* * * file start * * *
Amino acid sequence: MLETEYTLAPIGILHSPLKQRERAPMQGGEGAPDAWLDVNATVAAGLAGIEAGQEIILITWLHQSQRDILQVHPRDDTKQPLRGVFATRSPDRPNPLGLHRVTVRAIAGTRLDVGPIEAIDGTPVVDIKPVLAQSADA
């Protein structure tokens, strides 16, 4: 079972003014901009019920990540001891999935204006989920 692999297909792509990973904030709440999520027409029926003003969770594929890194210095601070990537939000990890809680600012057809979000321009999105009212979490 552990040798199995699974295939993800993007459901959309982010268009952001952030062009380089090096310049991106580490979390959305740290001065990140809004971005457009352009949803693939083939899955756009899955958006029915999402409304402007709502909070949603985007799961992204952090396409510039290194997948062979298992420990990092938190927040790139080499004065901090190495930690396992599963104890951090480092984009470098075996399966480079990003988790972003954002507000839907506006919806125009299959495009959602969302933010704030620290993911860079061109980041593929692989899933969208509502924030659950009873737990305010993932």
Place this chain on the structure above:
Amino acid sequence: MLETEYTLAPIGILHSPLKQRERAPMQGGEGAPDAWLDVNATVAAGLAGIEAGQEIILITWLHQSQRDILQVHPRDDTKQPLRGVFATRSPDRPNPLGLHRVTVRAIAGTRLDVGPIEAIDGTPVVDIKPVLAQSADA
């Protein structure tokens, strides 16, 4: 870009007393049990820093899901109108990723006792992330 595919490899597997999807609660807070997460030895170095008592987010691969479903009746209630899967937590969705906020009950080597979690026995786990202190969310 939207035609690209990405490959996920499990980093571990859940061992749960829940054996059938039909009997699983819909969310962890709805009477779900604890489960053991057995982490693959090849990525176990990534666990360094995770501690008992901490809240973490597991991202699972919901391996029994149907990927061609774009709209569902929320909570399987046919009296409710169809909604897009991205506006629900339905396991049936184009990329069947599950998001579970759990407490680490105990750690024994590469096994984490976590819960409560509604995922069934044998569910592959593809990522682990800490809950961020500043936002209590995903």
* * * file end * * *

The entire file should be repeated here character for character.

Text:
Amino acid sequence: MLETEYTLAPIGILHSPLKQRERAPMQGGEGAPDAWLDVNATVAAGLAGIEAGQEIILITWLHQSQRDILQVHPRDDTKQPLRGVFATRSPDRPNPLGLHRVTVRAIAGTRLDVGPIEAIDGTPVVDIKPVLAQSADA
């Protein structure tokens, strides 16, 4: 079972003014901009019920990540001891999935204006989920 692999297909792509990973904030709440999520027409029926003003969770594929890194210095601070990537939000990890809680600012057809979000321009999105009212979490 552990040798199995699974295939993800993007459901959309982010268009952001952030062009380089090096310049991106580490979390959305740290001065990140809004971005457009352009949803693939083939899955756009899955958006029915999402409304402007709502909070949603985007799961992204952090396409510039290194997948062979298992420990990092938190927040790139080499004065901090190495930690396992599963104890951090480092984009470098075996399966480079990003988790972003954002507000839907506006919806125009299959495009959602969302933010704030620290993911860079061109980041593929692989899933969208509502924030659950009873737990305010993932």
Place this chain on the structure above:
Amino acid sequence: MLETEYTLAPIGILHSPLKQRERAPMQGGEGAPDAWLDVNATVAAGLAGIEAGQEIILITWLHQSQRDILQVHPRDDTKQPLRGVFATRSPDRPNPLGLHRVTVRAIAGTRLDVGPIEAIDGTPVVDIKPVLAQSADA
């Protein structure tokens, strides 16, 4: 870009007393049990820093899901109108990723006792992330 595919490899597997999807609660807070997460030895170095008592987010691969479903009746209630899967937590969705906020009950080597979690026995786990202190969310 939207035609690209990405490959996920499990980093571990859940061992749960829940054996059938039909009997699983819909969310962890709805009477779900604890489960053991057995982490693959090849990525176990990534666990360094995770501690008992901490809240973490597991991202699972919901391996029994149907990927061609774009709209569902929320909570399987046919009296409710169809909604897009991205506006629900339905396991049936184009990329069947599950998001579970759990407490680490105990750690024994590469096994984490976590819960409560509604995922069934044998569910592959593809990522682990800490809950961020500043936002209590995903």